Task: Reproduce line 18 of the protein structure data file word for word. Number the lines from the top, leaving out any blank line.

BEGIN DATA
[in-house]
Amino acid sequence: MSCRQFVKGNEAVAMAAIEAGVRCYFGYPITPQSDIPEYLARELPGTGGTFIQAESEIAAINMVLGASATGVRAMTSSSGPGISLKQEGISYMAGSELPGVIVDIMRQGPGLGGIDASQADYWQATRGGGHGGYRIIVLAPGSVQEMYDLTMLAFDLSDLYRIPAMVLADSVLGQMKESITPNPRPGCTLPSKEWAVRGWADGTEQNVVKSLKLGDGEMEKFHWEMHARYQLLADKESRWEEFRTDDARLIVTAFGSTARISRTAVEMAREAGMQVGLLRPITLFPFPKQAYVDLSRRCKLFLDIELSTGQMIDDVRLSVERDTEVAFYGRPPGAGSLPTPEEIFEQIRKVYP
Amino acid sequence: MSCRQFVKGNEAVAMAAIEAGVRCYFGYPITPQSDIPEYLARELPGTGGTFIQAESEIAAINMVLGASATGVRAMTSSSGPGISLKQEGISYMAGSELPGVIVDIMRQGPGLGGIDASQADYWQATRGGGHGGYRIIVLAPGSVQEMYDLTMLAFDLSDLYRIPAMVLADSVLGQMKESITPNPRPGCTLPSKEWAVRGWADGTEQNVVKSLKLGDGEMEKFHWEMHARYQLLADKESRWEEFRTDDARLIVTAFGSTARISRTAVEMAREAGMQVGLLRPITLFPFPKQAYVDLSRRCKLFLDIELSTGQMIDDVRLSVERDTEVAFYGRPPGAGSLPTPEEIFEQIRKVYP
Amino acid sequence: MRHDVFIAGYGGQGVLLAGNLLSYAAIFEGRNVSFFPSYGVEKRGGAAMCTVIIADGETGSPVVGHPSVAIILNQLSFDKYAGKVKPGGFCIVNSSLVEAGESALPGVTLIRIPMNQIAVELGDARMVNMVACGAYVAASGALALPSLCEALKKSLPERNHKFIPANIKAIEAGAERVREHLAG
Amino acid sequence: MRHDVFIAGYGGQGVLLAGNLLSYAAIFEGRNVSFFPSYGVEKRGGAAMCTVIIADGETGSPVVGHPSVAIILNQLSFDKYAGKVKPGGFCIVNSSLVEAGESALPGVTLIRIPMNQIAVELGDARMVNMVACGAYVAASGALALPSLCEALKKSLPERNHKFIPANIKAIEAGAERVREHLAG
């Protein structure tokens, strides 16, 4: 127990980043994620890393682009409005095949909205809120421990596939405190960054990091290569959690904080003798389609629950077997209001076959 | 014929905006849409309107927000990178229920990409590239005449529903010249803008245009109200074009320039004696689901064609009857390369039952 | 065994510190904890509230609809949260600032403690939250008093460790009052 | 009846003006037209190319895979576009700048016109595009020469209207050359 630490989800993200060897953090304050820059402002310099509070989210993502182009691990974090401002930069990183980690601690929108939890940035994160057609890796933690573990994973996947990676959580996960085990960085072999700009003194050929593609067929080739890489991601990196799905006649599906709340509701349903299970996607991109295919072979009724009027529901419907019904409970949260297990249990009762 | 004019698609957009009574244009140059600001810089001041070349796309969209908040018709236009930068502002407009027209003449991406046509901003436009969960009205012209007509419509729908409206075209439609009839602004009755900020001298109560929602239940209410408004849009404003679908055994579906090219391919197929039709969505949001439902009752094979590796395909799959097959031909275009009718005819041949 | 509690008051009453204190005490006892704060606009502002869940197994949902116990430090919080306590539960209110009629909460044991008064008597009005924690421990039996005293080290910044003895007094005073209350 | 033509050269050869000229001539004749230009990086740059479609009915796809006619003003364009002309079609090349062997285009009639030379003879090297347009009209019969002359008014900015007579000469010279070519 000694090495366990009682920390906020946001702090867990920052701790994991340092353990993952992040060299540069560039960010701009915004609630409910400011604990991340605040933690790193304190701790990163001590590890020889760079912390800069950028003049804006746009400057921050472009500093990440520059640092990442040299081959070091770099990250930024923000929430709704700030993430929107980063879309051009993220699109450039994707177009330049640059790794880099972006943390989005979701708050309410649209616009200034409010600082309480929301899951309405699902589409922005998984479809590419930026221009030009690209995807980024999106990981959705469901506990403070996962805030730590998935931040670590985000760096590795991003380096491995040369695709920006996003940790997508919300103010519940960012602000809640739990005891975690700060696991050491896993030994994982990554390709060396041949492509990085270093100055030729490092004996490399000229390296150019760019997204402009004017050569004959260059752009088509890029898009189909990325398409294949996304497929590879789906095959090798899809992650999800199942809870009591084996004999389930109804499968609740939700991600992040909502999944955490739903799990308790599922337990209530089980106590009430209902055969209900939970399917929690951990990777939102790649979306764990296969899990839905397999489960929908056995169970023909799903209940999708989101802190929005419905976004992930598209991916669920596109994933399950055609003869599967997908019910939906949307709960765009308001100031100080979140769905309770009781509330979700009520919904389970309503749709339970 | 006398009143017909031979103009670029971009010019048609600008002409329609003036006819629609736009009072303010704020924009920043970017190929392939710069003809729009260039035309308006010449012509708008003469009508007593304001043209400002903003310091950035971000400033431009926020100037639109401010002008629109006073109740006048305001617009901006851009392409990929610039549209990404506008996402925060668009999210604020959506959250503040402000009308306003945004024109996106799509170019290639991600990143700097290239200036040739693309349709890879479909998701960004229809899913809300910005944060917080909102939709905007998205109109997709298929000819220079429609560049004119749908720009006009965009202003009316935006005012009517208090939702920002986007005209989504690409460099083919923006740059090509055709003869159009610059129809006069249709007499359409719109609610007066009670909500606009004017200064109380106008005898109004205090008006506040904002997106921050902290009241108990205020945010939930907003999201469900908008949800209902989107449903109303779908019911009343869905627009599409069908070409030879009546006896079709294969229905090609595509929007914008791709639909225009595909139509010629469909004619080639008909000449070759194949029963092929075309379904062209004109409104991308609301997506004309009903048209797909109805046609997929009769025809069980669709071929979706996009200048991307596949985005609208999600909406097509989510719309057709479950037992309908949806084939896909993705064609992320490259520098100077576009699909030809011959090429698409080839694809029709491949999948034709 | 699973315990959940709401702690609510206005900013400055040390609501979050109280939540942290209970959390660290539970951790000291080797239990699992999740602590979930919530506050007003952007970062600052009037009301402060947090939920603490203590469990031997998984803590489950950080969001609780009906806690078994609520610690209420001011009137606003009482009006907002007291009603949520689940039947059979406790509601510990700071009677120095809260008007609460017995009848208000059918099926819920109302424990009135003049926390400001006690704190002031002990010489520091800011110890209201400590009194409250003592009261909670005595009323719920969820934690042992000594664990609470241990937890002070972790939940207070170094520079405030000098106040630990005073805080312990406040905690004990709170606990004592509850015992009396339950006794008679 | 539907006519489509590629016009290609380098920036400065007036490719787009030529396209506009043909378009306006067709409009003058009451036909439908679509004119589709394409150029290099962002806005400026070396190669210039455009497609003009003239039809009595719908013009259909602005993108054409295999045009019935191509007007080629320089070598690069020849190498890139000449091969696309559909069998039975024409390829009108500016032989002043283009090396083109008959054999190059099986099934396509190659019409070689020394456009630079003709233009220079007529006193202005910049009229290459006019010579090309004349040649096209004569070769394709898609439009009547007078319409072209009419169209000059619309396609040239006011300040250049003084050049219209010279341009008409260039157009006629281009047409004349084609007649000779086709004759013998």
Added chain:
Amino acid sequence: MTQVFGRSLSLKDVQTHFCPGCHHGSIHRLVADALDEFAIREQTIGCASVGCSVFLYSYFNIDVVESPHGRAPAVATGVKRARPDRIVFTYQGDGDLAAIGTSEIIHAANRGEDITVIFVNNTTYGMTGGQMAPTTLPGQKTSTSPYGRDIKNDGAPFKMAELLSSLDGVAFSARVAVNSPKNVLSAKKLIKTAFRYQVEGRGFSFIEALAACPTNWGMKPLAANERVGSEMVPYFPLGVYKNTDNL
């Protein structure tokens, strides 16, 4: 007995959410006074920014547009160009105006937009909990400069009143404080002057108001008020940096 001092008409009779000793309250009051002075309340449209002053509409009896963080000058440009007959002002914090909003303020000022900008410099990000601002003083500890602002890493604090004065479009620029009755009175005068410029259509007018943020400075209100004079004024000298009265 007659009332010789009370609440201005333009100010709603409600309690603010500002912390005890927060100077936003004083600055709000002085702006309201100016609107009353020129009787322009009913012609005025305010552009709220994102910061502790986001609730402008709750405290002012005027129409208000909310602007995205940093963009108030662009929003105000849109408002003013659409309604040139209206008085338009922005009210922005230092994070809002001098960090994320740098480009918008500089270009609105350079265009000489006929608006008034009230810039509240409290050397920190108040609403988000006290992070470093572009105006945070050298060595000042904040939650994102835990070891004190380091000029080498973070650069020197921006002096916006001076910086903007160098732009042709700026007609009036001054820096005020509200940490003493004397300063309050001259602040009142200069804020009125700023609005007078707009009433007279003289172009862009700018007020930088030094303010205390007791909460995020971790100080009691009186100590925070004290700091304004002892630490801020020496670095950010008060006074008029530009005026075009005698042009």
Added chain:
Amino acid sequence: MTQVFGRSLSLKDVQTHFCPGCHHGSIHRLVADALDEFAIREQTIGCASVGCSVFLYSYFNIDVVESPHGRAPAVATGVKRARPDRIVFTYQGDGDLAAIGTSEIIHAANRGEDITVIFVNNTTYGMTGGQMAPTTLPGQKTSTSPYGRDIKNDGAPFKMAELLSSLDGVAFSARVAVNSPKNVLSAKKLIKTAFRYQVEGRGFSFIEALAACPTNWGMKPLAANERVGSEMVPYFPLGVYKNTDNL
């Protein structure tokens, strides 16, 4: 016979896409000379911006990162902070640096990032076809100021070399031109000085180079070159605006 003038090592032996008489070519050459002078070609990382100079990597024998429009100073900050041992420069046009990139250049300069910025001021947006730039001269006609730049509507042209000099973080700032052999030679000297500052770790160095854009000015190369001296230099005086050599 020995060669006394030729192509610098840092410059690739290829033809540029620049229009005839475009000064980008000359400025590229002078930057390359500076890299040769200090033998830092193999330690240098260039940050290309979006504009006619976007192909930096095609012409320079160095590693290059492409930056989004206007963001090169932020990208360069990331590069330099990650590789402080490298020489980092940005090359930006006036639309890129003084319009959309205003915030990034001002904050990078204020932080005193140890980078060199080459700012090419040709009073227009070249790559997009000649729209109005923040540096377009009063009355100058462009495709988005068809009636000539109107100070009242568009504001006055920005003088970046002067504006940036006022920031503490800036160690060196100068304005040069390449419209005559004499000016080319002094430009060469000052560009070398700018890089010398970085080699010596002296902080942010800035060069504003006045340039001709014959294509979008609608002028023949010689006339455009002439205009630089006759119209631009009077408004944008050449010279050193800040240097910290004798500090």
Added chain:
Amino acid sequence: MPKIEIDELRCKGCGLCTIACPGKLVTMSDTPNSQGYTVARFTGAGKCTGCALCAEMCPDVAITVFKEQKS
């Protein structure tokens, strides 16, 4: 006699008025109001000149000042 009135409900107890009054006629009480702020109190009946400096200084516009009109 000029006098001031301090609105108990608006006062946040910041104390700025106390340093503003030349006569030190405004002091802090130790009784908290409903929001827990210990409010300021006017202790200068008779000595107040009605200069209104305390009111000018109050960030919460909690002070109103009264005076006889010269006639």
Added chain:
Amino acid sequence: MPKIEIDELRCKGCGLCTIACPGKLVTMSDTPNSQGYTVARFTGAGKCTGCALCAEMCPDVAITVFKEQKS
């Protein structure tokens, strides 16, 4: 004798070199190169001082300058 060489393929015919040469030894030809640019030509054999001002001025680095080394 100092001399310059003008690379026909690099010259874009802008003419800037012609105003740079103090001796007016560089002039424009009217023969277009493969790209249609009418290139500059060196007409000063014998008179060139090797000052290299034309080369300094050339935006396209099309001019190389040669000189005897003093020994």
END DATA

């Protein structure tokens, strides 16, 4: 004798070199190169001082300058 060489393929015919040469030894030809640019030509054999001002001025680095080394 100092001399310059003008690379026909690099010259874009802008003419800037012609105003740079103090001796007016560089002039424009009217023969277009493969790209249609009418290139500059060196007409000063014998008179060139090797000052290299034309080369300094050339935006396209099309001019190389040669000189005897003093020994």